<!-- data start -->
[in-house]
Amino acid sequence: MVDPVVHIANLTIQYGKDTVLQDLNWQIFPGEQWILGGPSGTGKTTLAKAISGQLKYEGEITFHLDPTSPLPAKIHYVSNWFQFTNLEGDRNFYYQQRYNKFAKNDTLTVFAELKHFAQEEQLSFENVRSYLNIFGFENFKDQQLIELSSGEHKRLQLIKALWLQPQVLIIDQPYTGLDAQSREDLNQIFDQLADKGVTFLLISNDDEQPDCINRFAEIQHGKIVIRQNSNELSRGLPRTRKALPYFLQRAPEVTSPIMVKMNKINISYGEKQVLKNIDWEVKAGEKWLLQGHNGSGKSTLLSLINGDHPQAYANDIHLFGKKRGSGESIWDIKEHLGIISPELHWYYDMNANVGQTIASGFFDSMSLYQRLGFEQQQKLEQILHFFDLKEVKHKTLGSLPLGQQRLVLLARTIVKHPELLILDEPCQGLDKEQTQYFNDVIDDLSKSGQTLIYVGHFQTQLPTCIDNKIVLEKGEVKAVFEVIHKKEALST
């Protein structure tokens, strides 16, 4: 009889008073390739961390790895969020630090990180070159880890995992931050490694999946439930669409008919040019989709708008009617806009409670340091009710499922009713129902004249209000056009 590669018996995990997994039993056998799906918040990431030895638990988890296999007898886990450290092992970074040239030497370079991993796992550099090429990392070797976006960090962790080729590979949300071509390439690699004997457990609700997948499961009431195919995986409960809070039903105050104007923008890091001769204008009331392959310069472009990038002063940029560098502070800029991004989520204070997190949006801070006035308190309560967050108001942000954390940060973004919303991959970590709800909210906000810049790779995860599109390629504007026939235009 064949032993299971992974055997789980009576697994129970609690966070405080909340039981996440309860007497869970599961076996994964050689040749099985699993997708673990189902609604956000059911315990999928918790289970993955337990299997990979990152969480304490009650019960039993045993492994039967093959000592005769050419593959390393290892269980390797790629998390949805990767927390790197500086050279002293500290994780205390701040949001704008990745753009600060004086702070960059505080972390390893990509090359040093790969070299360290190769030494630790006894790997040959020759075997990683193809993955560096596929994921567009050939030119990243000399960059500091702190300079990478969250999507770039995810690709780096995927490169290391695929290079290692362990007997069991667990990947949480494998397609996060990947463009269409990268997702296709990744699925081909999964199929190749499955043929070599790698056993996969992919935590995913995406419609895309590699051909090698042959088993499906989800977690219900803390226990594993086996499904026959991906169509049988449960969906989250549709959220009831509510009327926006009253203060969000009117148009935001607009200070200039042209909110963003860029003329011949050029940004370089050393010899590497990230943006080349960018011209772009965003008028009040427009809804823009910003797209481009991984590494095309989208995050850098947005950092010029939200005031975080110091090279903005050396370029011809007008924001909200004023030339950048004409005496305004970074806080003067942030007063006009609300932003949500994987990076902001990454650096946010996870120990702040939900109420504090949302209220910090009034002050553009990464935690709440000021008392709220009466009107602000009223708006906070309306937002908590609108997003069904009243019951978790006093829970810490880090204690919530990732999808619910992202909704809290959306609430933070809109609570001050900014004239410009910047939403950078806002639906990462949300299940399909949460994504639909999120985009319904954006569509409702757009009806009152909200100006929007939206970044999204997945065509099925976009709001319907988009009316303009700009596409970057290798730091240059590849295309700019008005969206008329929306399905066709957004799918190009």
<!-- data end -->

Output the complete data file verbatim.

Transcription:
[in-house]
Amino acid sequence: MVDPVVHIANLTIQYGKDTVLQDLNWQIFPGEQWILGGPSGTGKTTLAKAISGQLKYEGEITFHLDPTSPLPAKIHYVSNWFQFTNLEGDRNFYYQQRYNKFAKNDTLTVFAELKHFAQEEQLSFENVRSYLNIFGFENFKDQQLIELSSGEHKRLQLIKALWLQPQVLIIDQPYTGLDAQSREDLNQIFDQLADKGVTFLLISNDDEQPDCINRFAEIQHGKIVIRQNSNELSRGLPRTRKALPYFLQRAPEVTSPIMVKMNKINISYGEKQVLKNIDWEVKAGEKWLLQGHNGSGKSTLLSLINGDHPQAYANDIHLFGKKRGSGESIWDIKEHLGIISPELHWYYDMNANVGQTIASGFFDSMSLYQRLGFEQQQKLEQILHFFDLKEVKHKTLGSLPLGQQRLVLLARTIVKHPELLILDEPCQGLDKEQTQYFNDVIDDLSKSGQTLIYVGHFQTQLPTCIDNKIVLEKGEVKAVFEVIHKKEALST
């Protein structure tokens, strides 16, 4: 009889008073390739961390790895969020630090990180070159880890995992931050490694999946439930669409008919040019989709708008009617806009409670340091009710499922009713129902004249209000056009 590669018996995990997994039993056998799906918040990431030895638990988890296999007898886990450290092992970074040239030497370079991993796992550099090429990392070797976006960090962790080729590979949300071509390439690699004997457990609700997948499961009431195919995986409960809070039903105050104007923008890091001769204008009331392959310069472009990038002063940029560098502070800029991004989520204070997190949006801070006035308190309560967050108001942000954390940060973004919303991959970590709800909210906000810049790779995860599109390629504007026939235009 064949032993299971992974055997789980009576697994129970609690966070405080909340039981996440309860007497869970599961076996994964050689040749099985699993997708673990189902609604956000059911315990999928918790289970993955337990299997990979990152969480304490009650019960039993045993492994039967093959000592005769050419593959390393290892269980390797790629998390949805990767927390790197500086050279002293500290994780205390701040949001704008990745753009600060004086702070960059505080972390390893990509090359040093790969070299360290190769030494630790006894790997040959020759075997990683193809993955560096596929994921567009050939030119990243000399960059500091702190300079990478969250999507770039995810690709780096995927490169290391695929290079290692362990007997069991667990990947949480494998397609996060990947463009269409990268997702296709990744699925081909999964199929190749499955043929070599790698056993996969992919935590995913995406419609895309590699051909090698042959088993499906989800977690219900803390226990594993086996499904026959991906169509049988449960969906989250549709959220009831509510009327926006009253203060969000009117148009935001607009200070200039042209909110963003860029003329011949050029940004370089050393010899590497990230943006080349960018011209772009965003008028009040427009809804823009910003797209481009991984590494095309989208995050850098947005950092010029939200005031975080110091090279903005050396370029011809007008924001909200004023030339950048004409005496305004970074806080003067942030007063006009609300932003949500994987990076902001990454650096946010996870120990702040939900109420504090949302209220910090009034002050553009990464935690709440000021008392709220009466009107602000009223708006906070309306937002908590609108997003069904009243019951978790006093829970810490880090204690919530990732999808619910992202909704809290959306609430933070809109609570001050900014004239410009910047939403950078806002639906990462949300299940399909949460994504639909999120985009319904954006569509409702757009009806009152909200100006929007939206970044999204997945065509099925976009709001319907988009009316303009700009596409970057290798730091240059590849295309700019008005969206008329929306399905066709957004799918190009």